8. lenanana8

    Thanks to you I've now started to critically evaluate the costumes in every vaguely historical tv show and film I watch for historical accuracy, even the fantasy and sci-fi ones. And I'm not even into fashion nor can I sew to save my life. Thanks so much Bernadette!

  9. Vilma P

    glad you mentioned qarth – kinda dissapointed they left out the book's idea of them always baring their left breast lol. 

    also sansa's costuming is just perfect – when she's in king's landing after her father's death it is no longer safe for her to wear the stark colors, but neither can she bring herself to wear lannister red so all her dresses are in shades of lavender and purple – a color in between blue (stark) and red (lannister)!! her littlefinger dress was a really nice piece of work and later when she becomes lady of winterfell she copies both of her past mentors – she always has some sort of armor (similar to cersei) and a silver chain similar to littlefinger's. they also did this really cool symbolism with her dragonfly necklace which she's seen wearing when she's most herself (ie not playing a role or putting on a mask) – this ties into the story of jenny of oldstones/the prince of dragonflies and is a good callback to her love for songs. the dragonfly pendant notably dissapears after littlefinger/ramsay symbolizing that she is no longer that innocent girl. (i'm pretty sure it's a show only invention too as in the books she's much more associated with birds and wolves). and of course her coronation dress was a work of art.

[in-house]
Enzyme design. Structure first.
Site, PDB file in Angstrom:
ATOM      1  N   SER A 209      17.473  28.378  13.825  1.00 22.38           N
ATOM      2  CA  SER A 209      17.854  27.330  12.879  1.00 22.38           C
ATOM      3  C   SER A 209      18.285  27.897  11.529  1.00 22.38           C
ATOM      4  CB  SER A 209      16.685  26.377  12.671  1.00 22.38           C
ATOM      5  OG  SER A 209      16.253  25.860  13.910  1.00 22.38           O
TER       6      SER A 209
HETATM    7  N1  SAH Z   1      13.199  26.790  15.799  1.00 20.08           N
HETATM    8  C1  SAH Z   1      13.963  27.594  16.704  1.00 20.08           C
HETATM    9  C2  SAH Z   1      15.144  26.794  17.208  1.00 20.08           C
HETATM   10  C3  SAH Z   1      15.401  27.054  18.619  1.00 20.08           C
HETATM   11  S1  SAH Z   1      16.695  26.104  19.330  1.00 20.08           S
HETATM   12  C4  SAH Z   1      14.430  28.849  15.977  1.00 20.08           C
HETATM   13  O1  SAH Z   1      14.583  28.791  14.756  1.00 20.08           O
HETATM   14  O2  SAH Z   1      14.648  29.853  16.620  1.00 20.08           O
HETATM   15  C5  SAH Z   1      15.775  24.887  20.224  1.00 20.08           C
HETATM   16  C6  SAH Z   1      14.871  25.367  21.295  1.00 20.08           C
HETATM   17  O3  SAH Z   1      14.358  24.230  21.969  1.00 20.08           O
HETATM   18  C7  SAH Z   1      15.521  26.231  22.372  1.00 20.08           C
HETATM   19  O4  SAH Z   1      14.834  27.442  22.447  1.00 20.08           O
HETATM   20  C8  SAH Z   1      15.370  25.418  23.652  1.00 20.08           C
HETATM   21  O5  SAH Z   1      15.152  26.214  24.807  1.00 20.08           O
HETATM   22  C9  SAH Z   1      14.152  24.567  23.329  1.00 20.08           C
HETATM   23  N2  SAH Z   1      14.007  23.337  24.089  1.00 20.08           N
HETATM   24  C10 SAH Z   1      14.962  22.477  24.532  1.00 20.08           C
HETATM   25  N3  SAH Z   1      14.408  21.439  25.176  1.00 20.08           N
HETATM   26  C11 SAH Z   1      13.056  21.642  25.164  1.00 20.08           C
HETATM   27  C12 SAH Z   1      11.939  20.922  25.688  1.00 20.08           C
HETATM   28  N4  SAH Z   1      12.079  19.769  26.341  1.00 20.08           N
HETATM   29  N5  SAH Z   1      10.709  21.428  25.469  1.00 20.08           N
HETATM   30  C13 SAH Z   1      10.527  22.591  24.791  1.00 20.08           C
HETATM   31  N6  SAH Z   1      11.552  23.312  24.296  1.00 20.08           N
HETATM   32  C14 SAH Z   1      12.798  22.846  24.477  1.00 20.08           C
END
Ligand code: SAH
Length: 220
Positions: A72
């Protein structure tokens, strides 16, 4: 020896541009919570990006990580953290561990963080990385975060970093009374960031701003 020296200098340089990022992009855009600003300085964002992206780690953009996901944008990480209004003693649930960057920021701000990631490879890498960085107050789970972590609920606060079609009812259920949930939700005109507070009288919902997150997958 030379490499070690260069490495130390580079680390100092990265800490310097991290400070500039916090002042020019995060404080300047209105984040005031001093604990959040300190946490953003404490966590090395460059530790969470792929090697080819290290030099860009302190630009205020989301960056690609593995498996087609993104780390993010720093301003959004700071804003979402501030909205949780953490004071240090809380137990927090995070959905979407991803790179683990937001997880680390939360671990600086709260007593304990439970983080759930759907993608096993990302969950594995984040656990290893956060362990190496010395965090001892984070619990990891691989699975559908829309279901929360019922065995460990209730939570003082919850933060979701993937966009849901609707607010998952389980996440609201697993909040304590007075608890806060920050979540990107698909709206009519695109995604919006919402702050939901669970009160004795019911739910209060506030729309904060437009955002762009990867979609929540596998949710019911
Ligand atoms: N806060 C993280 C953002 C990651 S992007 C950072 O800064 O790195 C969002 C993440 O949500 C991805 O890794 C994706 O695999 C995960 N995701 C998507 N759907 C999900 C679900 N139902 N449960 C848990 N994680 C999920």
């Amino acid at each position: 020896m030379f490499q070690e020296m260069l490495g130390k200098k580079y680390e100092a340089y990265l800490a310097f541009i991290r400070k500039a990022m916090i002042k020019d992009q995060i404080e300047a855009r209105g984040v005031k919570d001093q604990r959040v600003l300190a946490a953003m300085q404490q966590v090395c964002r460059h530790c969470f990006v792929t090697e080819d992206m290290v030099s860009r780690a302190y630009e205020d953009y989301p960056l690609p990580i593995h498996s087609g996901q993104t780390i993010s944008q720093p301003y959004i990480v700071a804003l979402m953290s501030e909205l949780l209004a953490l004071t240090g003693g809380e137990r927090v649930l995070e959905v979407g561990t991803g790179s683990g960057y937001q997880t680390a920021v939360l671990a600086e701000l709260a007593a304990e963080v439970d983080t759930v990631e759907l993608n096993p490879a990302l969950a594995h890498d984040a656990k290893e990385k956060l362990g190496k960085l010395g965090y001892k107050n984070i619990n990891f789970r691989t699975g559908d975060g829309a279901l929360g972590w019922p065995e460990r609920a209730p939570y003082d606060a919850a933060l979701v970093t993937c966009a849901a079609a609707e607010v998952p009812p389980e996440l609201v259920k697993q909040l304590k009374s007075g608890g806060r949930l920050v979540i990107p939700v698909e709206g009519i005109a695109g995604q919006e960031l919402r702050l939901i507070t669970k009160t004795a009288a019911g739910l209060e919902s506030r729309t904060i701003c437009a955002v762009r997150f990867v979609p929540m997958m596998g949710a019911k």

also wanted to add i love that cersei is always wearing some sort of fashion armor which could be considered sort of masculine since in the books she has serious gender envy of jaime, and wishes she could have been born a boy instead, disdaining most women and seeing herself as superior to them. arya in later seasons wears the same clothes as the stark boys and her hair is a callback to ned's own hairstyle. and in house of the dragon (the targaryen spinoff) there's a very important plot point that has to do with queen alicent wearing green dresses (the hightower's beacon fire is green and lit in times of war) which is used by alicent as a political statement against the targaryen black.

    say what you will about the writing but the costuming for this show is insanely detailed.

  10. Catherine Cao

    Considering how Planetos is set in a period of Medieval-Renaissance transition and Braavos is the ASoIaF Italy, it makes sense that Bernadette likes their fashion so much. They would be the most “fashion forward”

  11. Killerwale 1098

    I'd say that GoT has some maybe not historical innacuracies, but historically logical inacuracies. Battle tactics tend to get a bit nonsensical, like the battle of the bastards or the long night. But this can be attributed to the rule of cool and the fact that apprently most people don't think historically accurate tactics are more fun. Let's use the battle of the bastards. The tactics require a crap ton of coördination and luck to even be possible, but the battle still feels real. This is what I like about GoT, they capture the feeling very well. The tactics, desperation and dirtyness feel real. Saving private Ryan's beginning scene is very similar. It captures the feeling perfectly yet isn't completely accurate, the big difference with the battle of the bastards being that it actually happened, so the tactics make more sense. I still love both though.

  12. skyistaken

    I've never seen this YouTube channel. I've never seen game of thrones, and I want to and have rigidly avoided all spoilers even the minor such ones as featured in this video. Yet I couldn't find myself to leave. Your writing and research are amazing and your presentation is so engaging!